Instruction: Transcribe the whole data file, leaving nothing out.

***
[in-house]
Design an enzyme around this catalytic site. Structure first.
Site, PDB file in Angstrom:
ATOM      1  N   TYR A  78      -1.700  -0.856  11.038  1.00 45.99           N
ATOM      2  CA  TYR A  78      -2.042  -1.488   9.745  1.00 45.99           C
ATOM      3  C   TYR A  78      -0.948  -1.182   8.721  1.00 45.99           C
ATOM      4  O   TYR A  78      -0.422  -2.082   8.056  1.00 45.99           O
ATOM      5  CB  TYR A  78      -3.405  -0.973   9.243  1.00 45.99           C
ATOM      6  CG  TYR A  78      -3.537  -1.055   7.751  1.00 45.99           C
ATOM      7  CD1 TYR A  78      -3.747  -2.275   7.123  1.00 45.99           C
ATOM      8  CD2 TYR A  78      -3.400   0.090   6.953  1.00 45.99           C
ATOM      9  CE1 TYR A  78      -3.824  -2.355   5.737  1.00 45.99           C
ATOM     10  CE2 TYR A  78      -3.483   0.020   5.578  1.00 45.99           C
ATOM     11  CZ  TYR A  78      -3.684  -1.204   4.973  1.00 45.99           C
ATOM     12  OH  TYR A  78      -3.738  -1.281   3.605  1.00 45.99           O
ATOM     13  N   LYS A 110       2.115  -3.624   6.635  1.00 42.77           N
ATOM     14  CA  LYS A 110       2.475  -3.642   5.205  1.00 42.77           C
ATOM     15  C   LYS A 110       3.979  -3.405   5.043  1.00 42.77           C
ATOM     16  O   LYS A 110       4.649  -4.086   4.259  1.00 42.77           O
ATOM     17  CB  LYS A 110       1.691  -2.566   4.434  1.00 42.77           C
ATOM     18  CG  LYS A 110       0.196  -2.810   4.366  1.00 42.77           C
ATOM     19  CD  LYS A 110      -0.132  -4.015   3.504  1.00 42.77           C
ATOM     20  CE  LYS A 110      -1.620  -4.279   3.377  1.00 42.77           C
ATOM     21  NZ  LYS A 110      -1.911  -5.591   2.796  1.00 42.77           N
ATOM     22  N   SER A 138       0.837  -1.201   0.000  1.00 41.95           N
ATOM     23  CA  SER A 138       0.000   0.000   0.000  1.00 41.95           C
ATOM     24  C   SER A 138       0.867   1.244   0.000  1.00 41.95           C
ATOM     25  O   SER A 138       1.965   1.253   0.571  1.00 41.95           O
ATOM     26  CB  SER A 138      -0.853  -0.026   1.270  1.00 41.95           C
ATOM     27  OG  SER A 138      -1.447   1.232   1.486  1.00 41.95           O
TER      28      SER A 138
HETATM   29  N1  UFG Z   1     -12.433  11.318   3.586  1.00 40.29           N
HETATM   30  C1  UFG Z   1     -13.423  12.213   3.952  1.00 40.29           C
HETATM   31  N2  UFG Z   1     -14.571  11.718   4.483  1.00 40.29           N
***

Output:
[in-house]
Design an enzyme around this catalytic site. Structure first.
Site, PDB file in Angstrom:
ATOM      1  N   TYR A  78      -1.700  -0.856  11.038  1.00 45.99           N
ATOM      2  CA  TYR A  78      -2.042  -1.488   9.745  1.00 45.99           C
ATOM      3  C   TYR A  78      -0.948  -1.182   8.721  1.00 45.99           C
ATOM      4  O   TYR A  78      -0.422  -2.082   8.056  1.00 45.99           O
ATOM      5  CB  TYR A  78      -3.405  -0.973   9.243  1.00 45.99           C
ATOM      6  CG  TYR A  78      -3.537  -1.055   7.751  1.00 45.99           C
ATOM      7  CD1 TYR A  78      -3.747  -2.275   7.123  1.00 45.99           C
ATOM      8  CD2 TYR A  78      -3.400   0.090   6.953  1.00 45.99           C
ATOM      9  CE1 TYR A  78      -3.824  -2.355   5.737  1.00 45.99           C
ATOM     10  CE2 TYR A  78      -3.483   0.020   5.578  1.00 45.99           C
ATOM     11  CZ  TYR A  78      -3.684  -1.204   4.973  1.00 45.99           C
ATOM     12  OH  TYR A  78      -3.738  -1.281   3.605  1.00 45.99           O
ATOM     13  N   LYS A 110       2.115  -3.624   6.635  1.00 42.77           N
ATOM     14  CA  LYS A 110       2.475  -3.642   5.205  1.00 42.77           C
ATOM     15  C   LYS A 110       3.979  -3.405   5.043  1.00 42.77           C
ATOM     16  O   LYS A 110       4.649  -4.086   4.259  1.00 42.77           O
ATOM     17  CB  LYS A 110       1.691  -2.566   4.434  1.00 42.77           C
ATOM     18  CG  LYS A 110       0.196  -2.810   4.366  1.00 42.77           C
ATOM     19  CD  LYS A 110      -0.132  -4.015   3.504  1.00 42.77           C
ATOM     20  CE  LYS A 110      -1.620  -4.279   3.377  1.00 42.77           C
ATOM     21  NZ  LYS A 110      -1.911  -5.591   2.796  1.00 42.77           N
ATOM     22  N   SER A 138       0.837  -1.201   0.000  1.00 41.95           N
ATOM     23  CA  SER A 138       0.000   0.000   0.000  1.00 41.95           C
ATOM     24  C   SER A 138       0.867   1.244   0.000  1.00 41.95           C
ATOM     25  O   SER A 138       1.965   1.253   0.571  1.00 41.95           O
ATOM     26  CB  SER A 138      -0.853  -0.026   1.270  1.00 41.95           C
ATOM     27  OG  SER A 138      -1.447   1.232   1.486  1.00 41.95           O
TER      28      SER A 138
HETATM   29  N1  UFG Z   1     -12.433  11.318   3.586  1.00 40.29           N
HETATM   30  C1  UFG Z   1     -13.423  12.213   3.952  1.00 40.29           C
HETATM   31  N2  UFG Z   1     -14.571  11.718   4.483  1.00 40.29           N